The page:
Your Most Dangerous Times (Oct, 1956)
The illustrations make me think of an anti-depressant commercial.
Your Most Dangerous Times
Be on your guard, for certain days, hours and months are more perilous than others.
By Lester David
SCIENTIFIC investigations are disclosing some astonishing information about your most dangerous—and safest—times. Studies by sociologists, public health experts, accident statisticians and other authorities are revealing that certain days, hours, months and seasons are more perilous than others.
One of the strange discoveries is that crimes against the person—murders and assorted kinds of aggravated assault— explode with greater frequency at almost specific times during the day, week or year.
Here are just a few danger spots which science has checked off on the clock and the calendar: Be especially careful at the shop or factory between 10 and 11 in the morning and 3 and 4 in the afternoon. Studies conducted all over the country, reports the National Safety Council, show conclusively that disabling injuries hit their peak then.
If you are not in the habit of locking your car, form the habit right now, particularly if you park it on the street between 8 and 10 in the evening. For some reason, not apparent to investigators, that’s when auto thieves make their biggest hauls.
If you know someone who is unusually depressed because of business, health, romantic or other troubles, it’s a good idea to stay with him as much as possible on Mondays and Tuesdays. Reason: the Harvard University School of Public Health surveyed countless cases of self-destruction and learned that these are the suicide days.
Murders, for some unaccountable reason, occur most often during the hot months of the year and slide to a low point in cooler weather. A recent issue of the Federal Bureau of Investigation’s Uniform Crime Reports asserts after an analysis of seasonal variations: “It is apparent that felonious assaults and murders occur with greatest frequency during the summer months and that crimes against property as a group show a tendency to increase during winter.”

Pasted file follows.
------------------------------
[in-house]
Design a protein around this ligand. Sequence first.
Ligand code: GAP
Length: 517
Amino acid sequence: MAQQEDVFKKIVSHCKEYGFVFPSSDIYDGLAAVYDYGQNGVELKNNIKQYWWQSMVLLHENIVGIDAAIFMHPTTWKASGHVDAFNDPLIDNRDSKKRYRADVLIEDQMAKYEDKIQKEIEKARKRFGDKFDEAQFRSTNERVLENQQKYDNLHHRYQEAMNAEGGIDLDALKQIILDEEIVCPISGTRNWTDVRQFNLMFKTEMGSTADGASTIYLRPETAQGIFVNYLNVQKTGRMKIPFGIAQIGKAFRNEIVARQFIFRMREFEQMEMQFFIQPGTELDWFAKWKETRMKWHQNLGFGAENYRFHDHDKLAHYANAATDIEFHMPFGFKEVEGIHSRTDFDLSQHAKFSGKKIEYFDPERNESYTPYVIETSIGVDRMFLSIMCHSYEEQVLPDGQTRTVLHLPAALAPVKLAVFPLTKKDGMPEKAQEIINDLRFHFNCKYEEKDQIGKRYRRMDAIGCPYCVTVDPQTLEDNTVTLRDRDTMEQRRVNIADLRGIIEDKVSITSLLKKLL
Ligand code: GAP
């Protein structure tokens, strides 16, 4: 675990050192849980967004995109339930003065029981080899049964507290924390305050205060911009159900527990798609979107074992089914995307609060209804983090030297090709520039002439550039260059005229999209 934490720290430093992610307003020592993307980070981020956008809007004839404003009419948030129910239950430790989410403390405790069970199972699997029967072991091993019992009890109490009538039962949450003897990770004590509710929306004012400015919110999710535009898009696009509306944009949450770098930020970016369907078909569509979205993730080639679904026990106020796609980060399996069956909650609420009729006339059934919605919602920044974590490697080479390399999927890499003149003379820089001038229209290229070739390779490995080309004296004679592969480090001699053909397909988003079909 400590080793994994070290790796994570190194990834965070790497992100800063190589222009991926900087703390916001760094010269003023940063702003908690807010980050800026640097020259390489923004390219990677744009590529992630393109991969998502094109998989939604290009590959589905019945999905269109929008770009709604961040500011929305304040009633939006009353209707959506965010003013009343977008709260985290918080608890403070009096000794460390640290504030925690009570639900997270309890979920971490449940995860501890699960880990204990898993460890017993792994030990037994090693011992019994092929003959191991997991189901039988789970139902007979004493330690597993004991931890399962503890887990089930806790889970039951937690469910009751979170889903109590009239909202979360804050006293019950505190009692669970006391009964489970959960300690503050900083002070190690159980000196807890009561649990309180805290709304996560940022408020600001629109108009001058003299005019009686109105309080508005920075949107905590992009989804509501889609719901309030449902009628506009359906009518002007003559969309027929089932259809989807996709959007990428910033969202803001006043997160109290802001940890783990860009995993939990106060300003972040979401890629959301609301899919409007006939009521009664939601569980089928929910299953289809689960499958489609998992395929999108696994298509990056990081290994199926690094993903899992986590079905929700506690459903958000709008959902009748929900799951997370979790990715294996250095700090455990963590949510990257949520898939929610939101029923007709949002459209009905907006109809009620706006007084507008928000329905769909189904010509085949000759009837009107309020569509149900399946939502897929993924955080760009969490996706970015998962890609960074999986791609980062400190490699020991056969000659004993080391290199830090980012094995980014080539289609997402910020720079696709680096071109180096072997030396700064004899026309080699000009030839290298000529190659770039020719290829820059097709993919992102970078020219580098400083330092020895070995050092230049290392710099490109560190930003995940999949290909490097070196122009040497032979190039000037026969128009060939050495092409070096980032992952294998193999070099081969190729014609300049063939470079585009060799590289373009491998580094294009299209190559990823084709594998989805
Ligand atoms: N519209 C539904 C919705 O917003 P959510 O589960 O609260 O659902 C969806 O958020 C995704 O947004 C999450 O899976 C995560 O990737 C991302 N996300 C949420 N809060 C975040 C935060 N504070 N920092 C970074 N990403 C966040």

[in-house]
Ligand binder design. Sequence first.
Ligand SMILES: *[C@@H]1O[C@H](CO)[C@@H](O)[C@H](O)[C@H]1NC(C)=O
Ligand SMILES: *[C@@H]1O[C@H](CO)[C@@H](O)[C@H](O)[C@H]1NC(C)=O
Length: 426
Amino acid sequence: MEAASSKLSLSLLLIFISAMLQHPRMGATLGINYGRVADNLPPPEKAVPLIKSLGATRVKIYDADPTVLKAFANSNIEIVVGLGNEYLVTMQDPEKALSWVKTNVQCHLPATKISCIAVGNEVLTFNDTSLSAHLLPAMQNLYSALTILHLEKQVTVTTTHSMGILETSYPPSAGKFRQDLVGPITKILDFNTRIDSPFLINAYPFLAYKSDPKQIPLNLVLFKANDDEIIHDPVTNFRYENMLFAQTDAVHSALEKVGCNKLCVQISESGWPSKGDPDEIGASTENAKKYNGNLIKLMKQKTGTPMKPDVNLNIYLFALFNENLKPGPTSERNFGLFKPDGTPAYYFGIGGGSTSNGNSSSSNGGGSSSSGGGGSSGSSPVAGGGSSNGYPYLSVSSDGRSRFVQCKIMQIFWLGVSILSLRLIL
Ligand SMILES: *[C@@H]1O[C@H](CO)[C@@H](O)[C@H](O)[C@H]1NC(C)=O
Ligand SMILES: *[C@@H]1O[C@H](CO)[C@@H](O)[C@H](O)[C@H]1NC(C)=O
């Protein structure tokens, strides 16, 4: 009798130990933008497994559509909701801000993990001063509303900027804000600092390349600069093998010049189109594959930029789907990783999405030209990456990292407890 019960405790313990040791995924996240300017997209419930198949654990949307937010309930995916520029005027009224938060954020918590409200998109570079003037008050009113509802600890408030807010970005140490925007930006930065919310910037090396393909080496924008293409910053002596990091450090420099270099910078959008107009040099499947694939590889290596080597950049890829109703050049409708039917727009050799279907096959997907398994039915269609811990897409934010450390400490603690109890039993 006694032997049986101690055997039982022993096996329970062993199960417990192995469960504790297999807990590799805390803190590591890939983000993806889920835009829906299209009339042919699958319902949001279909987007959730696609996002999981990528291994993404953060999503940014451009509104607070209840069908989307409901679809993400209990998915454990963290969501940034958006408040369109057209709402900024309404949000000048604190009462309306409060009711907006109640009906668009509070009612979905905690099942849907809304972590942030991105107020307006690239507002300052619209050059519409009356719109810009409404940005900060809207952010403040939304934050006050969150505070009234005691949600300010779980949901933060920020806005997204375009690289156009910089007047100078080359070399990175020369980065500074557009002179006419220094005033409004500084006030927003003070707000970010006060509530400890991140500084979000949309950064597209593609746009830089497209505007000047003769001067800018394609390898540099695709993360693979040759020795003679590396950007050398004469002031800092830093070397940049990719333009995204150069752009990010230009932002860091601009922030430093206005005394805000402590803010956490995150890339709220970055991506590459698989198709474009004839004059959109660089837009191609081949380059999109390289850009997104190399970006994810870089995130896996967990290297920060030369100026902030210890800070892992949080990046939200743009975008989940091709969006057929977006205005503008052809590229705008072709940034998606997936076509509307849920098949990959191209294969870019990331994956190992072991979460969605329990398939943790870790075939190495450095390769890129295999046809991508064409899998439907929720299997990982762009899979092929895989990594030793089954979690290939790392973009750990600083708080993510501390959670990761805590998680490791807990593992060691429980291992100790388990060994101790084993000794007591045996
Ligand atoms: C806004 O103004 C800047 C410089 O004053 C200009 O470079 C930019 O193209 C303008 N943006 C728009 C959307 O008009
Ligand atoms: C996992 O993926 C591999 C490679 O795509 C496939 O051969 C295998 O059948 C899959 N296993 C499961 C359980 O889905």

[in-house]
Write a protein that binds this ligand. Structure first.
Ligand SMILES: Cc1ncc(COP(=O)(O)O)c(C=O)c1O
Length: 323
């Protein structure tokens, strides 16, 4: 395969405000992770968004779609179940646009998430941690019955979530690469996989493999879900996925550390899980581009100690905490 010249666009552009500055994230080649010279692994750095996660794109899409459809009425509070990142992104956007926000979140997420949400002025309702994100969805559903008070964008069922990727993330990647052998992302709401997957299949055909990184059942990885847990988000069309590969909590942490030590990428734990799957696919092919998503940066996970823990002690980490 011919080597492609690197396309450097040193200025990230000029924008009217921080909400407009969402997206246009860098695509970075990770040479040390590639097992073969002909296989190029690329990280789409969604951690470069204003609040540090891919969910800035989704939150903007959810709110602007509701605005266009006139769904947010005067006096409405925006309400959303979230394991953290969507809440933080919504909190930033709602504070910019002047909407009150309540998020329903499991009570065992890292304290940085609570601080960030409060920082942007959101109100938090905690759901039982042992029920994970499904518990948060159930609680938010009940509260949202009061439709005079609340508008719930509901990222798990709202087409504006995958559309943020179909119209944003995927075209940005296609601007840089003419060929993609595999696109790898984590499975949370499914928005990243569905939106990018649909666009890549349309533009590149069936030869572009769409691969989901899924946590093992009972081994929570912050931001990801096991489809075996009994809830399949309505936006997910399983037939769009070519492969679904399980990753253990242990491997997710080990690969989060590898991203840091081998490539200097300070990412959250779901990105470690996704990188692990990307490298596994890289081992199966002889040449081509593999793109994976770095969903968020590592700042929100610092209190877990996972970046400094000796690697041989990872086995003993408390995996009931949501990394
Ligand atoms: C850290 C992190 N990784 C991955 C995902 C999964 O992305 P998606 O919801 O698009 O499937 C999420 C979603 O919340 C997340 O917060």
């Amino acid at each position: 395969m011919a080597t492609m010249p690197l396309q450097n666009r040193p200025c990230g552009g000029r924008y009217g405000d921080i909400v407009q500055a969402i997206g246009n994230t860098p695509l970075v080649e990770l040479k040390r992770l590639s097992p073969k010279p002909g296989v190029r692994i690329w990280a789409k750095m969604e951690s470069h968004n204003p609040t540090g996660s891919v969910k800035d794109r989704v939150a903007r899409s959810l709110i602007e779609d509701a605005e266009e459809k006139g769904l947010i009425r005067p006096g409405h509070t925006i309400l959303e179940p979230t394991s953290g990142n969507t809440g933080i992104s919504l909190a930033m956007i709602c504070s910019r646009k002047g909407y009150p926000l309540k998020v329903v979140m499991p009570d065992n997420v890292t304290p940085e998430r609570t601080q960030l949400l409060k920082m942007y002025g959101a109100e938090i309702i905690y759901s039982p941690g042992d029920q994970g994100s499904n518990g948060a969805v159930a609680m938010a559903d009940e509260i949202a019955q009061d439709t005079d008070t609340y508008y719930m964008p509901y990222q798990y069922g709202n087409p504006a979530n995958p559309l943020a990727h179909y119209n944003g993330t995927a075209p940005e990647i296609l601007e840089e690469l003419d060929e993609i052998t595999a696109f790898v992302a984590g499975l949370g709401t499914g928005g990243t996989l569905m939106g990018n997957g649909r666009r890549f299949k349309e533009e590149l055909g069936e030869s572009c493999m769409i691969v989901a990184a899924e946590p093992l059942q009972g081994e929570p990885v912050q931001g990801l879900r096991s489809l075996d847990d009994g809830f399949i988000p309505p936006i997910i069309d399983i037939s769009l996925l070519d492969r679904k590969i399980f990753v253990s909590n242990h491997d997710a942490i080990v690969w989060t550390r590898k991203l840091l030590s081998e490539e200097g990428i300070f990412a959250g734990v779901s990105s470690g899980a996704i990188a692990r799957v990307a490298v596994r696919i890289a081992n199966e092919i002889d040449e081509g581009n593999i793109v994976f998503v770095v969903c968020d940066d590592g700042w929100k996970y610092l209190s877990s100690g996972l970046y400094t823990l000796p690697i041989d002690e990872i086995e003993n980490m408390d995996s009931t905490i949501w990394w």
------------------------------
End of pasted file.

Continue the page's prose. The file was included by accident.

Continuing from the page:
Gerald J. Flak, a University of Pennsylvania sociologist, carefully studied ten annual police department reports from each of eight representative U.S. cities and came up with the most recent findings. Murders, he discovered, occur most often in July and dip to lows in March and April. July, too, is the worst month for criminal attacks on women, while cases dip in February. He disclosed that the hours of 10 to 12 p.m. are the worst for crimes against the person and that they start building up on Fridays, hit the peak on Saturdays, then ebb until they hit a low in mid-week.
If 10 to midnight is crime’s witching hour, Falk points out in his report published in the Journal Of Criminal Law, Criminology And Police Science, 6 to 8 in the morning is the safest time to be abroad. “The former time,” he explains, “is probably also the time when the heaviest drinking occurs, while the lat- ter time is probably the hour when the least use of alcohol may be expected.”
Investigators have discovered a strange similarity between crimes and political revolutions—the latter also burst out most often in the hot months! For example, Cesare Lombroso, an Italian scientist, charted 836 rebellions which broke out in various parts of the world between 1791 and 1880 and found summer was the preferred season.
Turn now to suicide and the startling fact learned by Harvard scientists that the most likely days for self-murder are Monday and Tuesday.
Rex Harrison, the movie star, entered the home of beautiful Carole Landis in Hollywood a few years ago and was shocked to find her body on a bathroom floor. It was 3 o’clock in the afternoon. Harrison promptly called police and Detective Capt. Emmett Jones, following an investigation, “called it death by suicide. She had been dead ten or 12 hours, he said. She had died on a Monday.
Hugh Casey, who enshrined himself with baseball’s immortals by his prodigious relief pitching for the Brooklyn Dodgers, was in a hotel in Atlanta, Ga., a few years ago, talking to his wife over i the phone. Casey was announcing his S determination to kill himself.
Suddenly there was a loud explosion over the wire, then a thud. When hotel employees broke into the room, they found Casey. He had fired a charge from a 16-gauge shotgun into his neck. The hour was 1 a. m. The date July 3, 1951—Tuesday.